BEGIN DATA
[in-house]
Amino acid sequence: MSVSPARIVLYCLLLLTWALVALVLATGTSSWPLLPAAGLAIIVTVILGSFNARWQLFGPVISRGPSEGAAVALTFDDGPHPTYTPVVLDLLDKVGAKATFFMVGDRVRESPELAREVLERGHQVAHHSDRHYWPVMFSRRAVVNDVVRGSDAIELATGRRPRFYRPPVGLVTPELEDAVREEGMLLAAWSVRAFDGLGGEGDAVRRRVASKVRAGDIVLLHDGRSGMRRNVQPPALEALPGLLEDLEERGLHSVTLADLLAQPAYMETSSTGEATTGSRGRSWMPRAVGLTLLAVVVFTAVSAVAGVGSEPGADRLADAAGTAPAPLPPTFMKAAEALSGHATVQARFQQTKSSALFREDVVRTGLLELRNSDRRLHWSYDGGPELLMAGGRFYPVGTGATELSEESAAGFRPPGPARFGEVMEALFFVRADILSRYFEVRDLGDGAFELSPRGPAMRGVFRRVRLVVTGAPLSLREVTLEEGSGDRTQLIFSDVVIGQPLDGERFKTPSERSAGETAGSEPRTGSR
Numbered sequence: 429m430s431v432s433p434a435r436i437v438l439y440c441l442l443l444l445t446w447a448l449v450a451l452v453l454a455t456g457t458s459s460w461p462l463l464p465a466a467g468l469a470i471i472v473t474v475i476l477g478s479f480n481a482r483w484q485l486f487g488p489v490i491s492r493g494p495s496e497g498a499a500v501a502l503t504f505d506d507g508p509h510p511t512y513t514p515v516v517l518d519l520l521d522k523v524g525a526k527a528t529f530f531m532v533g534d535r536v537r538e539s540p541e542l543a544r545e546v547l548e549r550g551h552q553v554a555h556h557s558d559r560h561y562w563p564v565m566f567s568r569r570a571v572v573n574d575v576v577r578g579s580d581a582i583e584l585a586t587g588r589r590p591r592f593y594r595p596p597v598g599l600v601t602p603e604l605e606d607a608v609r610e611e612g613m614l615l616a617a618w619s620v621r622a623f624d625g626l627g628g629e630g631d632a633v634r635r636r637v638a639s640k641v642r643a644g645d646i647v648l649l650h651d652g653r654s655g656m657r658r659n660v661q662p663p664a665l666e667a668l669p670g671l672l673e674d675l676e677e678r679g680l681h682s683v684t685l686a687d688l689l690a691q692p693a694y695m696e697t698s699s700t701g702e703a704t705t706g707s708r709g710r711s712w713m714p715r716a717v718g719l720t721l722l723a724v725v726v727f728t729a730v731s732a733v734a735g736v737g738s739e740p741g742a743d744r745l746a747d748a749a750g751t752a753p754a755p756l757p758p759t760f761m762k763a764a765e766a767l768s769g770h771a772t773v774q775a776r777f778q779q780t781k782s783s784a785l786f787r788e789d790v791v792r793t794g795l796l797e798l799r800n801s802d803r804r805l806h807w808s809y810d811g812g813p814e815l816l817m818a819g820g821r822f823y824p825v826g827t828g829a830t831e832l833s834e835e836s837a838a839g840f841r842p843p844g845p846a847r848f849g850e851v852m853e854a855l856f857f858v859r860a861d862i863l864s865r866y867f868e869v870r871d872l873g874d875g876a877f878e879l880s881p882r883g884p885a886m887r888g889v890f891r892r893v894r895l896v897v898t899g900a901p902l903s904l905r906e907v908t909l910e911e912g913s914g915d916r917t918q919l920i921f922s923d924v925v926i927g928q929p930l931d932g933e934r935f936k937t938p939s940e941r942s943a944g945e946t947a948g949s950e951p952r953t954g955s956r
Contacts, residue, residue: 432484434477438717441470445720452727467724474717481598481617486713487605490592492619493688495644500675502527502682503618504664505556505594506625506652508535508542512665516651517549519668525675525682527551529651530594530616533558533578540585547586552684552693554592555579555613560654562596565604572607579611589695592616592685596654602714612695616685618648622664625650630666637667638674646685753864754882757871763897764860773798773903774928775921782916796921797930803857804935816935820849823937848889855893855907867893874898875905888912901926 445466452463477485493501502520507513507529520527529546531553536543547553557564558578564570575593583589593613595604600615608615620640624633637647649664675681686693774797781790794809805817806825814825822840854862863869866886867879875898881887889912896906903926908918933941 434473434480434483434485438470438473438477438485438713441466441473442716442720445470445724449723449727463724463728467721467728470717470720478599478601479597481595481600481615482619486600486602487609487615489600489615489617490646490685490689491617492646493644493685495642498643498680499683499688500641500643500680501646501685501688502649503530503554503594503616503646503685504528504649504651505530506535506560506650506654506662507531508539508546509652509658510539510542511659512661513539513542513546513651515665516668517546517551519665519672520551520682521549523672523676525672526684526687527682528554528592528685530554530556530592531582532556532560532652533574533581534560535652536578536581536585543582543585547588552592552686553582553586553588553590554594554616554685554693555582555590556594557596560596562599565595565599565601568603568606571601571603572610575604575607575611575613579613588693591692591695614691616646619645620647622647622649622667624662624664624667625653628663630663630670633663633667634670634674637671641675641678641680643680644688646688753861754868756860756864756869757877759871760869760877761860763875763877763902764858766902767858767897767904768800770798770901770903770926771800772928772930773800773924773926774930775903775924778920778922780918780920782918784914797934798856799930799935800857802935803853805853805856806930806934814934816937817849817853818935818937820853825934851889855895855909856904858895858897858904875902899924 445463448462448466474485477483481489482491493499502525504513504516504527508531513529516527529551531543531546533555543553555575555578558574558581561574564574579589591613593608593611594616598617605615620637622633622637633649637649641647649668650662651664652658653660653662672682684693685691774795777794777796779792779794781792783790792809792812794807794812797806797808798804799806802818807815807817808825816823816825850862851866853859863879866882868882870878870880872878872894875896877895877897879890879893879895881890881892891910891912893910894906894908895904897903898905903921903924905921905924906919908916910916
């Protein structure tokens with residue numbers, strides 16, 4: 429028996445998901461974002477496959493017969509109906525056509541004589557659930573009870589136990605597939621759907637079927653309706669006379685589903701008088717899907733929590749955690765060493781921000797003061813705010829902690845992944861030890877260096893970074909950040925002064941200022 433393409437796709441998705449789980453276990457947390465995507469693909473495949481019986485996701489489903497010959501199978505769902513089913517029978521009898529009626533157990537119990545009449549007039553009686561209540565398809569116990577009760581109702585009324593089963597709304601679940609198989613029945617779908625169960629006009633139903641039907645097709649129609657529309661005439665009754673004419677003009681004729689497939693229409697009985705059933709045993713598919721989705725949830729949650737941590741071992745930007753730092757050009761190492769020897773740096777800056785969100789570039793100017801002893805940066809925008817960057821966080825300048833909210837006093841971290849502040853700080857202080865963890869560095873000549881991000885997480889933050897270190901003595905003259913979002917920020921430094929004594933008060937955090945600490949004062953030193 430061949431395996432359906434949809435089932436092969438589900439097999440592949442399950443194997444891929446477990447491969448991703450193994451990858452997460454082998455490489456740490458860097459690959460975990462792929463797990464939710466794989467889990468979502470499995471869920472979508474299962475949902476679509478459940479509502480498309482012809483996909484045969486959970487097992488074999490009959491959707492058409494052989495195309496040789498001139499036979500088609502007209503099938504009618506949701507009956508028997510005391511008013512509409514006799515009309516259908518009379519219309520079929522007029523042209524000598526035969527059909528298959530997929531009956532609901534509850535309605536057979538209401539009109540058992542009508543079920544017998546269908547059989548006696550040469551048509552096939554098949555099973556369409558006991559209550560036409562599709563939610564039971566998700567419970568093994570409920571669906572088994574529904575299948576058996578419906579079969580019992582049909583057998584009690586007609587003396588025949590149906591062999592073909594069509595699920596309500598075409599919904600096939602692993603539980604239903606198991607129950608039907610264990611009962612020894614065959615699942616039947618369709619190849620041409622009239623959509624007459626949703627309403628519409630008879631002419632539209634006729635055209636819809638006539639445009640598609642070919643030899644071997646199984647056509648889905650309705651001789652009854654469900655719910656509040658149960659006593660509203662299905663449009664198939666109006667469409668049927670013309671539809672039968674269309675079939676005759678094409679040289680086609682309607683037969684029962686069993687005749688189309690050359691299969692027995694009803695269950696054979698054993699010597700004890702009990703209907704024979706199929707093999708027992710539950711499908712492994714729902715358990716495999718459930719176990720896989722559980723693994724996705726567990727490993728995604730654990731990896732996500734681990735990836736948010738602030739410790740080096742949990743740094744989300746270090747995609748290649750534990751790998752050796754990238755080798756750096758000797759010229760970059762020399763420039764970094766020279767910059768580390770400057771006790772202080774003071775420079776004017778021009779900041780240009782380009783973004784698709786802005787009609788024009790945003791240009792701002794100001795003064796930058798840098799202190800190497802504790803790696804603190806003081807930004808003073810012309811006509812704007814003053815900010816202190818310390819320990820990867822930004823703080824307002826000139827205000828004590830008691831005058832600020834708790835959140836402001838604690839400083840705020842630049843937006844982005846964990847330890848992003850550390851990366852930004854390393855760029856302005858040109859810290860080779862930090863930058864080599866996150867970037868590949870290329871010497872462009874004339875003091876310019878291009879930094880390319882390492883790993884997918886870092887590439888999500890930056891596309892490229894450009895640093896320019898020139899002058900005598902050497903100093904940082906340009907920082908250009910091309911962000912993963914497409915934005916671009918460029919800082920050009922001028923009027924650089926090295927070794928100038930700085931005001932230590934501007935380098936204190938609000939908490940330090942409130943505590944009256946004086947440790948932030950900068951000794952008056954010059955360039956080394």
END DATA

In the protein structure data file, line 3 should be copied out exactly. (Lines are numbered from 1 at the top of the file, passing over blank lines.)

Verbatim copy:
Numbered sequence: 429m430s431v432s433p434a435r436i437v438l439y440c441l442l443l444l445t446w447a448l449v450a451l452v453l454a455t456g457t458s459s460w461p462l463l464p465a466a467g468l469a470i471i472v473t474v475i476l477g478s479f480n481a482r483w484q485l486f487g488p489v490i491s492r493g494p495s496e497g498a499a500v501a502l503t504f505d506d507g508p509h510p511t512y513t514p515v516v517l518d519l520l521d522k523v524g525a526k527a528t529f530f531m532v533g534d535r536v537r538e539s540p541e542l543a544r545e546v547l548e549r550g551h552q553v554a555h556h557s558d559r560h561y562w563p564v565m566f567s568r569r570a571v572v573n574d575v576v577r578g579s580d581a582i583e584l585a586t587g588r589r590p591r592f593y594r595p596p597v598g599l600v601t602p603e604l605e606d607a608v609r610e611e612g613m614l615l616a617a618w619s620v621r622a623f624d625g626l627g628g629e630g631d632a633v634r635r636r637v638a639s640k641v642r643a644g645d646i647v648l649l650h651d652g653r654s655g656m657r658r659n660v661q662p663p664a665l666e667a668l669p670g671l672l673e674d675l676e677e678r679g680l681h682s683v684t685l686a687d688l689l690a691q692p693a694y695m696e697t698s699s700t701g702e703a704t705t706g707s708r709g710r711s712w713m714p715r716a717v718g719l720t721l722l723a724v725v726v727f728t729a730v731s732a733v734a735g736v737g738s739e740p741g742a743d744r745l746a747d748a749a750g751t752a753p754a755p756l757p758p759t760f761m762k763a764a765e766a767l768s769g770h771a772t773v774q775a776r777f778q779q780t781k782s783s784a785l786f787r788e789d790v791v792r793t794g795l796l797e798l799r800n801s802d803r804r805l806h807w808s809y810d811g812g813p814e815l816l817m818a819g820g821r822f823y824p825v826g827t828g829a830t831e832l833s834e835e836s837a838a839g840f841r842p843p844g845p846a847r848f849g850e851v852m853e854a855l856f857f858v859r860a861d862i863l864s865r866y867f868e869v870r871d872l873g874d875g876a877f878e879l880s881p882r883g884p885a886m887r888g889v890f891r892r893v894r895l896v897v898t899g900a901p902l903s904l905r906e907v908t909l910e911e912g913s914g915d916r917t918q919l920i921f922s923d924v925v926i927g928q929p930l931d932g933e934r935f936k937t938p939s940e941r942s943a944g945e946t947a948g949s950e951p952r953t954g955s956r